5. How are the fans depicted in this novel? Look especially at those scenes where their dress, manner, habits, and general behavior are depicted. (pp. 70, 86-7, 206, and elsewhere) And how does Hobbs regard the fans? Compare Hobbs' dealings with, say, Mike Barney to those he has with Otto Zipp. Finally, where does the word fan come from? What exactly does it mean to be a fan of something?
  6. Dreams play an important role in The Natural; we find many different dream descriptions throughout the book. Select a few of these passages, then discuss how each dream enhances, echoes, or otherwise enriches the book's larger narrative.
  7. Compare and contrast how this novel depicts the urban and the rural, the experience of the city and that of the country. Which environment is seen more favorably, romantically, nostalgically? Which is seen more critically, harshly, complexly? Refer to certain scenes or images to underscore your views.
  8. As a class, explore the novel's portrayal of the elusive yet all-consuming power of ambition. We are often reminded that Hobbs is obsessed with rewriting professional baseball's record book, with "doing what I came here to do," with being "the best who ever played the game" -- but why is Hobbs so driven? Why does his quest for greatness come off as aloof, greedy, cruel, or worse?
  9. Why does Hobbs eat so much? Discuss and try to explain his appetite.
  10. Daydreams about trains appear at many points in the novel, usually as the recurring reveries Hobbs keeps having. Even on the last page, the following locomotive imagery strikes Hobbs at the low conclusion of the narrative: "He felt the insides of him beginning to take off (chug chug choo choo . . .). Pretty soon they were in fast flight." (p.231) Identify other train-based visions had by Hobbs. What do they signify or suggest to him? Explain this train metaphor -- and what it means to Hobbs personally.
  11. The Natural not only offers a detailed rendering of the world of baseball; it also illustrates the business aspect of professional sports. How is the relationship between pro sports and business characterized in these pages? What about the relationship between pro sports and gambling? Do you think that either of these relationships would be characterized differently if Malamud were composing his novel today? Explain your views.
  12. Some critics have pointed out that The Natural reads like a modern-day morality play. (The morality play is a highly allegorical form of drama, created in medieval Europe, in which characters personifying good or evil struggle over possession of a person's soul.) Write a one-act morality play on a contemporary topic of your own devising, either by yourself or in collaboration with other students. Picking up on Malamud's example, try to frame issues of right and wrong, good and bad, and so forth within a current setting, popular arena, or familiar situation.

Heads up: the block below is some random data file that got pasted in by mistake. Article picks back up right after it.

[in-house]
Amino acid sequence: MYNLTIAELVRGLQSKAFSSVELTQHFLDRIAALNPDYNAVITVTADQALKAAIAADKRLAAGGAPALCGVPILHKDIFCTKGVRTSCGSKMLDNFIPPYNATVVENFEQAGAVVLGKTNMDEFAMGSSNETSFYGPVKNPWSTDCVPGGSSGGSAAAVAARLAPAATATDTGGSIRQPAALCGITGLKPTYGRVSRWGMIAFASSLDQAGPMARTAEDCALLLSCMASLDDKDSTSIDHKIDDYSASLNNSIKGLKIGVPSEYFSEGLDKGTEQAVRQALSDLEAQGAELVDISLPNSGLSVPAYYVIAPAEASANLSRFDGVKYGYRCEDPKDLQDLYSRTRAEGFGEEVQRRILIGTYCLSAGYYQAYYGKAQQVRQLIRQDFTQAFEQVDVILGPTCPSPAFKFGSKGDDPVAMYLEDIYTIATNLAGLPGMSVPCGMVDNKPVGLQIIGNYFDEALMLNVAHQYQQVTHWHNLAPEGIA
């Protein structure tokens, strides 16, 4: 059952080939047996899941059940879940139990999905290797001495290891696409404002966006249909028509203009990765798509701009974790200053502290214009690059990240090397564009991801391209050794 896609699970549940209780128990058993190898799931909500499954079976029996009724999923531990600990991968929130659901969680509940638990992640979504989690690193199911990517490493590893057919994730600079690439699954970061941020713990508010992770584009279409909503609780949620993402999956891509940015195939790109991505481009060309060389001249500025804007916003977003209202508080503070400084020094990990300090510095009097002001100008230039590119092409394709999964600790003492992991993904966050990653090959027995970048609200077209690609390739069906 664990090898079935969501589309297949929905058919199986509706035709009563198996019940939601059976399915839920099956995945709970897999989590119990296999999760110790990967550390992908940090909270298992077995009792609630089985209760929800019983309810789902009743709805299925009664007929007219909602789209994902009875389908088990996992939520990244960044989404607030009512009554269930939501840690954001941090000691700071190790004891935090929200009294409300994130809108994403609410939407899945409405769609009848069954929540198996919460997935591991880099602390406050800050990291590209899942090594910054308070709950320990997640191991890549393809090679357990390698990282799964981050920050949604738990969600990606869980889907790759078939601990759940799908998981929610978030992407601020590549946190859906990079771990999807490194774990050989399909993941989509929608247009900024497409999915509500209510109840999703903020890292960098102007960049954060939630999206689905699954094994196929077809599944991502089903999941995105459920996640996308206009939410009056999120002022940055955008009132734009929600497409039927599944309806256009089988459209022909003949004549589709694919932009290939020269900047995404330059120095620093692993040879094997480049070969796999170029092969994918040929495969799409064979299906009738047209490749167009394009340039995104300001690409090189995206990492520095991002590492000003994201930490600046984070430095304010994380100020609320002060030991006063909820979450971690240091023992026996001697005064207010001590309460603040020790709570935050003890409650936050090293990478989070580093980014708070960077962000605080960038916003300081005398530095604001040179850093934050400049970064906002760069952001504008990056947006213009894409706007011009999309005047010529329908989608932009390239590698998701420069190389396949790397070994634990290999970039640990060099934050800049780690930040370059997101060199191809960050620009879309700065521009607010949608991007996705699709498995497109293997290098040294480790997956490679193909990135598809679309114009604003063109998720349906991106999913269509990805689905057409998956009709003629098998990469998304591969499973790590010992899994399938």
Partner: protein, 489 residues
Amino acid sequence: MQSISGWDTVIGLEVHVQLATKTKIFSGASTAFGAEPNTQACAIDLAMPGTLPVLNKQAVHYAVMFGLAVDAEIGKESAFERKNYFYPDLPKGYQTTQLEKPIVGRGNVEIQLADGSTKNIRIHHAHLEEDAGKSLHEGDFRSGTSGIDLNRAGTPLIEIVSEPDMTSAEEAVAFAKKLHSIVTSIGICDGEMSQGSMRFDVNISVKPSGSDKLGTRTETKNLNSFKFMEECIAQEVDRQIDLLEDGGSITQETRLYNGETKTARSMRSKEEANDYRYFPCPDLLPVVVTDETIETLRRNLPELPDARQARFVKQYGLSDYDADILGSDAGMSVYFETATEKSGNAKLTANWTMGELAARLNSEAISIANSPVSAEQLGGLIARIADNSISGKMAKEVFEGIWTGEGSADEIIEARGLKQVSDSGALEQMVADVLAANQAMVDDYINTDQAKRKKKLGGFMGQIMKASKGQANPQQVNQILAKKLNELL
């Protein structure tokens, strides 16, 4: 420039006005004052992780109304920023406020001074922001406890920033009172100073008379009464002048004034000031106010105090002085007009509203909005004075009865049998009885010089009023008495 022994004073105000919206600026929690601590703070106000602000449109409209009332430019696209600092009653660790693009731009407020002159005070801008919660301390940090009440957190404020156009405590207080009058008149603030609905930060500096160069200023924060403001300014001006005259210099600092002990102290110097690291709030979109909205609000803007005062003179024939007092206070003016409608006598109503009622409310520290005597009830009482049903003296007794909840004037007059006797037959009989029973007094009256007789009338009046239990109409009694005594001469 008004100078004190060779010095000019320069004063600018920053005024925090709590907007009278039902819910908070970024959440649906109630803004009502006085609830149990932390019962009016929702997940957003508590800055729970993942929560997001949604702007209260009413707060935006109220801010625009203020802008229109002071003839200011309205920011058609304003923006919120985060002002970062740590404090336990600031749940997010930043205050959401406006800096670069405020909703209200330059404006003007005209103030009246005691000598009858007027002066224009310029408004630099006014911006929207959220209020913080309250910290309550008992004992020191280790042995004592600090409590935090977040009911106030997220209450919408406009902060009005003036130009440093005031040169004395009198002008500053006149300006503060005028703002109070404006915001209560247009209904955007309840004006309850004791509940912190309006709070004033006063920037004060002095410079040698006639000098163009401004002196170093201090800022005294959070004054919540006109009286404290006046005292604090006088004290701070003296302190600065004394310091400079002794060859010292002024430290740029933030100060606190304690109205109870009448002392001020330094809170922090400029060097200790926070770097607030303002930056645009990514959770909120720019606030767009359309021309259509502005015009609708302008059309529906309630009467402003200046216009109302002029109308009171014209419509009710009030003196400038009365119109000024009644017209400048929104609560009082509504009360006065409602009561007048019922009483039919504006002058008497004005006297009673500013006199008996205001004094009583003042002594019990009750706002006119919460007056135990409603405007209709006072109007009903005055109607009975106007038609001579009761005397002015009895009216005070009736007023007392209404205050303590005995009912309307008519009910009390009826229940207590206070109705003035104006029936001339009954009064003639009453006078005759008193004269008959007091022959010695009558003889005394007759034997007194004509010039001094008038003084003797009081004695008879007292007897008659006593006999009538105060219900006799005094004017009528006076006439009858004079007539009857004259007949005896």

13. Discuss Malamud's novel as a work of magical realism. Are there any key scenes, events, or actions in The Natural that must be deemed magical or supernatural? If so, identify them.
  14. The character of Roy Hobbs -- as well as, more broadly, The Natural itself -- can rightly be seen as a fictionalized composite of baseball history in the first half of the 20th century -- the lore, legends, and giants of the game, all refashioned or rolled into a single creation. Write a short story or long poem in which, like Malamud, you create a composite work based upon a historically fertile or legendary subject of your choosing. Upon completion, read your work aloud to your classmates.
  15. Returning to Baker's Introduction, we find Hobbs likened to Willy Loman, the protagonist of Arthur Miller's epochal Death of a Salesman. (p. xii) Write a brief essay comparing (or contrasting) Roy Hobbs to another literary hero (or villain) of your choosing.
Suggestions for Further Reading
The following fiction and non-fiction works are recommended as follow-up books for those students who have expressed interest in, curiosity about, or appreciation for baseball on the printed page. There are countless books reflecting baseball's sturdy links to history, biography, literature, society, and/or culture; this is a select list aimed at accessibility and readability. For reasons of inclusiveness, a few non-baseball books are also listed here; these can be likewise recommended with confidence to students who enjoyed The Natural.

Game Time: A Baseball Reader by Roger Angell; Eight Men Out: The Black Sox and the 1919 World Series by Eliot Asinof; The Heart of the Order by Thomas Boswell; A Rumor of War by Philip Caputo; Babe: The Legend Comes To Life by Robert W. Creamer; The Brothers K: A Novel by David James Duncan; Take Me Out: A Play by Richard Greenberg; Diz: The Story of Dizzy Dean and Baseball During the Great Depression by Robert Gregory; Summer of '49 and The Teammates by David Halberstam; The Boys of Summer by Roger Kahn; Shoeless Joe: A Novel by W. P. Kinsella; You Know Me, Al: A Busher's Letters by Ring W. Lardner; Sandy Koufax: A Lefty's Legacy by Jane Leavy; A Whole New Ball Game: The Story of the All-American Girls Professional Baseball League by Sue Macy; The Assistant, The Complete Stories, Dubin's Lives, The Fixer, God's Grace, The Magic Barrel, The People, and The Tenants by Bernard Malamud; Autumn Glory: Baseball's First World Series by Louis P. Masur; Stonewall's Gold: A Novel by Robert J. Mrazek; Betsey Brown: A Novel by Ntozake Shange; Jackie Robinson and the Integration of Baseball by Scott Simon; and Hoopla: A Novel by Harry Stein.

About the Author